If asked to name common causes of car accidents, you may cite drunk driving, texting while driving or speeding. While all these are valid factors, you may be surprised that tailgating is one of the leading contributing factors of Connecticut accidents.
Looking at 2014 Connecticut crash data, nearly a third of accidents resulting in injury involved drivers who failed to leave sufficient space between cars. In comparison, the second leading factor, failure to grant right of way, caused 16.5 percent of accidents. How can drivers increase road safety and decrease the probability of serious accident?
The three second rule
To sustain adequate space between cars, it is recommended to maintain a three second buffer with the car in front of you. When the other car passes a sign or road marker, slowly count to three. If your car passes that object before you finish counting, you are too close and should increase your following distance.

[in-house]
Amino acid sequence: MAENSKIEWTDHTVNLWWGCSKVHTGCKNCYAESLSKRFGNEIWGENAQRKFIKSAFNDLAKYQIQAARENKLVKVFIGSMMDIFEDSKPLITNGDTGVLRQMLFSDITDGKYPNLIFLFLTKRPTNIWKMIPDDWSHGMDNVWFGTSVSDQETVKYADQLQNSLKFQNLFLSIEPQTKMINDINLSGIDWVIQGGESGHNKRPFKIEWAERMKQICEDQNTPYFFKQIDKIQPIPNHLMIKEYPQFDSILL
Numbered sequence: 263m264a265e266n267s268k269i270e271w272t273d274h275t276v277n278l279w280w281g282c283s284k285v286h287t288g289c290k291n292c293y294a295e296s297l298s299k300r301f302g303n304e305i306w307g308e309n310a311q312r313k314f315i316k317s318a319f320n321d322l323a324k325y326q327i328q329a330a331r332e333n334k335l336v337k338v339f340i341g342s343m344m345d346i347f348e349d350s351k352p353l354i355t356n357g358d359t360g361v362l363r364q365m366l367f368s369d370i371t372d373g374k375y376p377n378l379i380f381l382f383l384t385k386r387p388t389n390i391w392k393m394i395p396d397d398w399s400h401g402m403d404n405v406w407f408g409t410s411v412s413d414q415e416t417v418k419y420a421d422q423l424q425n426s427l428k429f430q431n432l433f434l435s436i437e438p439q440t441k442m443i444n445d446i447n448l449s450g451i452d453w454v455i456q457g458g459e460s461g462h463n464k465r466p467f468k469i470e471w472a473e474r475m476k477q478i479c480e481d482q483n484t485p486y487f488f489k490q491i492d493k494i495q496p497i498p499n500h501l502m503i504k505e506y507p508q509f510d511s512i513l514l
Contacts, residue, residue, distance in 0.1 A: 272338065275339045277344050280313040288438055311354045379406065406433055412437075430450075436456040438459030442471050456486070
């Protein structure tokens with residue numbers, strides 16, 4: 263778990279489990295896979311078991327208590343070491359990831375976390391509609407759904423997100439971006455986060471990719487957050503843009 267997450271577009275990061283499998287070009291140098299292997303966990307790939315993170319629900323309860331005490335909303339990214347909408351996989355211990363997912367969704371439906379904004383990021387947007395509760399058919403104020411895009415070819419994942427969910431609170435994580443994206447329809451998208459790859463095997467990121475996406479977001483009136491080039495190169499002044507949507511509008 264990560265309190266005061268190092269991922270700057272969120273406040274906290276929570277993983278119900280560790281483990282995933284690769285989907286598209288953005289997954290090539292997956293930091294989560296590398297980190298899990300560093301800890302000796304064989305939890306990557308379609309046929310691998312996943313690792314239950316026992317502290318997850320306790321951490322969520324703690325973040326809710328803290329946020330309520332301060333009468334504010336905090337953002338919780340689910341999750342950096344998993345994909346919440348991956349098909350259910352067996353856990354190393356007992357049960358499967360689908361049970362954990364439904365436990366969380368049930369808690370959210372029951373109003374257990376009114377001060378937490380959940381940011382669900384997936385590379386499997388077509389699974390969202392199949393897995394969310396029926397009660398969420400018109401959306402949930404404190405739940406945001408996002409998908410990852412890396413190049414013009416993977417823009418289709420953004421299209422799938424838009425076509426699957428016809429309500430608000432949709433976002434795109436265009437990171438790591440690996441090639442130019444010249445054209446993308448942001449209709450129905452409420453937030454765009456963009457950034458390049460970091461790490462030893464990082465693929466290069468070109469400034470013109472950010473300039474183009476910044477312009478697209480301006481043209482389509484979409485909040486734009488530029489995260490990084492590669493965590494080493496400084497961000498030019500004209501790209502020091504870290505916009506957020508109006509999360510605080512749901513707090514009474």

Accounting for adverse conditions
The three second rule was determined under ideal driving circumstances, such as a dry road, no snow or rain. If poor weather or road conditions impact your visibility or ability to handle your car, you need to increase space between vehicles. Some recommend doubling the amount of time between vehicles from three to six seconds.
Speed will impact your following distance
Keep in mind that the safe following distance increases with an increase in speed. If you are travelling at 25 mph, you will travel 111 feet in three seconds. At 65 mph you will travel 288 feet.
Drive defensively. Adding a few extra minutes to your total travel time is worth it in the long run if it can prevent accident and injury. It is our responsibility to keep Connecticut safe for all drivers.